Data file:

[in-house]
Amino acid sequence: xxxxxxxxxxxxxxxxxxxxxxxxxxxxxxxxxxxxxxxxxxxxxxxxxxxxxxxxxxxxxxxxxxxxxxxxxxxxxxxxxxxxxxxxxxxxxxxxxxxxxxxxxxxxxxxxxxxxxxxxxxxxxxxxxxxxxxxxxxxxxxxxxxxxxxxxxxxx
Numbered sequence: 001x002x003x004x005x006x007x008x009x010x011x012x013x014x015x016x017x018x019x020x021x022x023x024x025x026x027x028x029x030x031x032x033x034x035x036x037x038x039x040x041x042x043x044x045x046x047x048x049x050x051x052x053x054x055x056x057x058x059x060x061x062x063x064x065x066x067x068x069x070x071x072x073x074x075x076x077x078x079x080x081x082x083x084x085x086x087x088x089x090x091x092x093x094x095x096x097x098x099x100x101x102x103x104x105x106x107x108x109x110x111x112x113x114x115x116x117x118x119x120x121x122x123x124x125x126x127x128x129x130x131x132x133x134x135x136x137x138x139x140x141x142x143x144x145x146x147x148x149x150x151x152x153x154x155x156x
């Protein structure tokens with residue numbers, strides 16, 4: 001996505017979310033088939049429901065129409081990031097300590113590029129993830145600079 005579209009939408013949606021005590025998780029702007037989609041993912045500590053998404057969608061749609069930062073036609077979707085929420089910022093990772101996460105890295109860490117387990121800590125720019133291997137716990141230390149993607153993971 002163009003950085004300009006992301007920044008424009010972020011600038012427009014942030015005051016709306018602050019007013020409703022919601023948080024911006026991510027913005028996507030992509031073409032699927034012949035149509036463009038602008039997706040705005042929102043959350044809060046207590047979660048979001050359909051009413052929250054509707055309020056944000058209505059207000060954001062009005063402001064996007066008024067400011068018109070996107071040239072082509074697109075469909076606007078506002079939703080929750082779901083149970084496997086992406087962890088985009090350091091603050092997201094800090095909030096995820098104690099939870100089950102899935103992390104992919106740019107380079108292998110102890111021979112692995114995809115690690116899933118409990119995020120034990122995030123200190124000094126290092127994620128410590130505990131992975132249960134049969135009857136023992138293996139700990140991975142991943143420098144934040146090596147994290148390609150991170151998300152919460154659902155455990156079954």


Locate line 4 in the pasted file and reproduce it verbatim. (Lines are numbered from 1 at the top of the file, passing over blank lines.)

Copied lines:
């Protein structure tokens with residue numbers, strides 16, 4: 001996505017979310033088939049429901065129409081990031097300590113590029129993830145600079 005579209009939408013949606021005590025998780029702007037989609041993912045500590053998404057969608061749609069930062073036609077979707085929420089910022093990772101996460105890295109860490117387990121800590125720019133291997137716990141230390149993607153993971 002163009003950085004300009006992301007920044008424009010972020011600038012427009014942030015005051016709306018602050019007013020409703022919601023948080024911006026991510027913005028996507030992509031073409032699927034012949035149509036463009038602008039997706040705005042929102043959350044809060046207590047979660048979001050359909051009413052929250054509707055309020056944000058209505059207000060954001062009005063402001064996007066008024067400011068018109070996107071040239072082509074697109075469909076606007078506002079939703080929750082779901083149970084496997086992406087962890088985009090350091091603050092997201094800090095909030096995820098104690099939870100089950102899935103992390104992919106740019107380079108292998110102890111021979112692995114995809115690690116899933118409990119995020120034990122995030123200190124000094126290092127994620128410590130505990131992975132249960134049969135009857136023992138293996139700990140991975142991943143420098144934040146090596147994290148390609150991170151998300152919460154659902155455990156079954």